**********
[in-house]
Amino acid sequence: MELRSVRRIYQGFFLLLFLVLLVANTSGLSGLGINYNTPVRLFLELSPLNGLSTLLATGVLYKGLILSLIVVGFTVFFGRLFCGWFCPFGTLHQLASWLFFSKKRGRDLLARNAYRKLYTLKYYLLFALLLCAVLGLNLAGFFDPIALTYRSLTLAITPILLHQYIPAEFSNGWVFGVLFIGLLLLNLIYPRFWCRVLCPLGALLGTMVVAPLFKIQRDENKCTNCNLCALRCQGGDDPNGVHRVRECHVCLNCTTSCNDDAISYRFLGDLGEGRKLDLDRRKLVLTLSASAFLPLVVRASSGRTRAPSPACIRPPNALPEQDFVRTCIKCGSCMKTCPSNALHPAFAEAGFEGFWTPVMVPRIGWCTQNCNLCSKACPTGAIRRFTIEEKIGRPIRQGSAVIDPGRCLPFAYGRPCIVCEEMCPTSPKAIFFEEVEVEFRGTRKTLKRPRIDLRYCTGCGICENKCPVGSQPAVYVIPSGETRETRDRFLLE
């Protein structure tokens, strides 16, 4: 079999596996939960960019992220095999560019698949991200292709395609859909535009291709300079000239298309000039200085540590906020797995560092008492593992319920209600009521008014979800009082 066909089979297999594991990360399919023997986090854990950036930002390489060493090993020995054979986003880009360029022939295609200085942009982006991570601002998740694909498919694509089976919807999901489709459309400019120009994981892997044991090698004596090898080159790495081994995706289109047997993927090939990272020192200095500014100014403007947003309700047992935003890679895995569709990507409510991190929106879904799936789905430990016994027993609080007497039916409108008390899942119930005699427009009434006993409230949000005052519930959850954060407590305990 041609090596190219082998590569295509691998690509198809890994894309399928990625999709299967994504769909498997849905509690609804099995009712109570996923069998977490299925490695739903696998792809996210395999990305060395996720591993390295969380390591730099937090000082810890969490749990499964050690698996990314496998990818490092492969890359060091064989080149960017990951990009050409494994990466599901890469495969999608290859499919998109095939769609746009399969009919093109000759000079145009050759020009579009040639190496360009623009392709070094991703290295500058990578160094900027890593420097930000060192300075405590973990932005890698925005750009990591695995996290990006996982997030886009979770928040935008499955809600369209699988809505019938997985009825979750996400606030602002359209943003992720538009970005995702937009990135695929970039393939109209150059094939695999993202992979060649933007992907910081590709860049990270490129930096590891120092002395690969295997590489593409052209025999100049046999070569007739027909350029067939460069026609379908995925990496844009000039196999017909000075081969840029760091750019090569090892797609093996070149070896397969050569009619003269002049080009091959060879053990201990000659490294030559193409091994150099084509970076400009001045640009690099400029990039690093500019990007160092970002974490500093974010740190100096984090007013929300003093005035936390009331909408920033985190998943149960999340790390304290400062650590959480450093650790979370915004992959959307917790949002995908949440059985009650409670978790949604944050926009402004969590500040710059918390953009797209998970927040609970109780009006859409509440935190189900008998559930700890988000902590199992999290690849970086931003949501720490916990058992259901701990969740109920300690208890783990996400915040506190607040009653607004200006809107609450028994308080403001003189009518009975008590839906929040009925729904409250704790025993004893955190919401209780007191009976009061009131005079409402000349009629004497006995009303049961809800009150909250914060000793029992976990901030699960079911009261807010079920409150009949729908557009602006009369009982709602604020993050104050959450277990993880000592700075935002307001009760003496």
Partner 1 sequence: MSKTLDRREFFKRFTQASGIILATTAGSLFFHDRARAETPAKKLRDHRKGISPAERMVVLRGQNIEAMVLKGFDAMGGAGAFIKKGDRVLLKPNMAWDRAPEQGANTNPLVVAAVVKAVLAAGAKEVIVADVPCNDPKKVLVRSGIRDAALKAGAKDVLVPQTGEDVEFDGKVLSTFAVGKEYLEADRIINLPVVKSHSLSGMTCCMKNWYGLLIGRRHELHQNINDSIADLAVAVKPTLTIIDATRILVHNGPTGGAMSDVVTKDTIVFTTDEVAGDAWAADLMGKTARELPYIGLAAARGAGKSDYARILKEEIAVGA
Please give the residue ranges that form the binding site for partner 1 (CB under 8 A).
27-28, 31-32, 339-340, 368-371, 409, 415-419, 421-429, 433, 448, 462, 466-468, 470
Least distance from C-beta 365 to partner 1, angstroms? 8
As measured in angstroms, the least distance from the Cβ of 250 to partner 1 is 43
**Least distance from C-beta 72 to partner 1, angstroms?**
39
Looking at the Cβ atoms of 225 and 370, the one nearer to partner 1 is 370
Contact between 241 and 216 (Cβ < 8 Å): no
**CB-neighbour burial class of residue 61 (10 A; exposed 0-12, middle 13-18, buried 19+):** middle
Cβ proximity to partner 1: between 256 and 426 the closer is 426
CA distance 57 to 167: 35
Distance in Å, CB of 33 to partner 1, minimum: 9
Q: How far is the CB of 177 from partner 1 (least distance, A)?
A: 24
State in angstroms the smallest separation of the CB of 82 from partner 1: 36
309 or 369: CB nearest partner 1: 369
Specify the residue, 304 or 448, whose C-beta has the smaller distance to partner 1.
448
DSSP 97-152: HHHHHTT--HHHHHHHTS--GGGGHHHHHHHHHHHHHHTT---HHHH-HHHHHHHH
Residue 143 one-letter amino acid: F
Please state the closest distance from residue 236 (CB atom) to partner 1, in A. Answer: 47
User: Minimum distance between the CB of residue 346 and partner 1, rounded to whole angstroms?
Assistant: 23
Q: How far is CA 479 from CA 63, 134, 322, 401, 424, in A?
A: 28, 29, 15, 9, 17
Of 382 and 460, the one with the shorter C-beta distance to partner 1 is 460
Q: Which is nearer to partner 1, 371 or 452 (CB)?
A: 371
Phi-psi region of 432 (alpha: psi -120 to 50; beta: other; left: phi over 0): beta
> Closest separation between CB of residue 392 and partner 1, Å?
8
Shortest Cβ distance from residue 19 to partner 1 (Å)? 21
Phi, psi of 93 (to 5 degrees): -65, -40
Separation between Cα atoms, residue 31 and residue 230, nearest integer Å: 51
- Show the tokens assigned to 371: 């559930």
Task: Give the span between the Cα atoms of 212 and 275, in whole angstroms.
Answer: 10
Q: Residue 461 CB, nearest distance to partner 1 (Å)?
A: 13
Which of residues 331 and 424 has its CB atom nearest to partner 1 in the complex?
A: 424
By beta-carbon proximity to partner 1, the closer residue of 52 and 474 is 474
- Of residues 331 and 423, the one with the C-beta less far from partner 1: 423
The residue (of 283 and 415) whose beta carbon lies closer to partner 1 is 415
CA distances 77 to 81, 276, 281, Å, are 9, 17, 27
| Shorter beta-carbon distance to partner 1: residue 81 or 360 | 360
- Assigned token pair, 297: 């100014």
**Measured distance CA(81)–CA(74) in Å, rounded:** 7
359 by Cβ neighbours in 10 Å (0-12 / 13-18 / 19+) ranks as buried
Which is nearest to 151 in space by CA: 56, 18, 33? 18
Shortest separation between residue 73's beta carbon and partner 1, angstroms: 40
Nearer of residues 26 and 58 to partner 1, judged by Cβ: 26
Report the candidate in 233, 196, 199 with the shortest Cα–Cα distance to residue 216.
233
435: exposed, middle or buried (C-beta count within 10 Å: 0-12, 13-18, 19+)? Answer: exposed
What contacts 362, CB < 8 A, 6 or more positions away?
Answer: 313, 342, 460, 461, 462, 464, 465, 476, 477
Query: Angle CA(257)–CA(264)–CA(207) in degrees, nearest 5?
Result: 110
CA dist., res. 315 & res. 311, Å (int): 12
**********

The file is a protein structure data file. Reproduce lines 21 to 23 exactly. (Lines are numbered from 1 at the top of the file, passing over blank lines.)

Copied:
Specify the residue, 304 or 448, whose C-beta has the smaller distance to partner 1.
448
DSSP 97-152: HHHHHTT--HHHHHHHTS--GGGGHHHHHHHHHHHHHHTT---HHHH-HHHHHHHH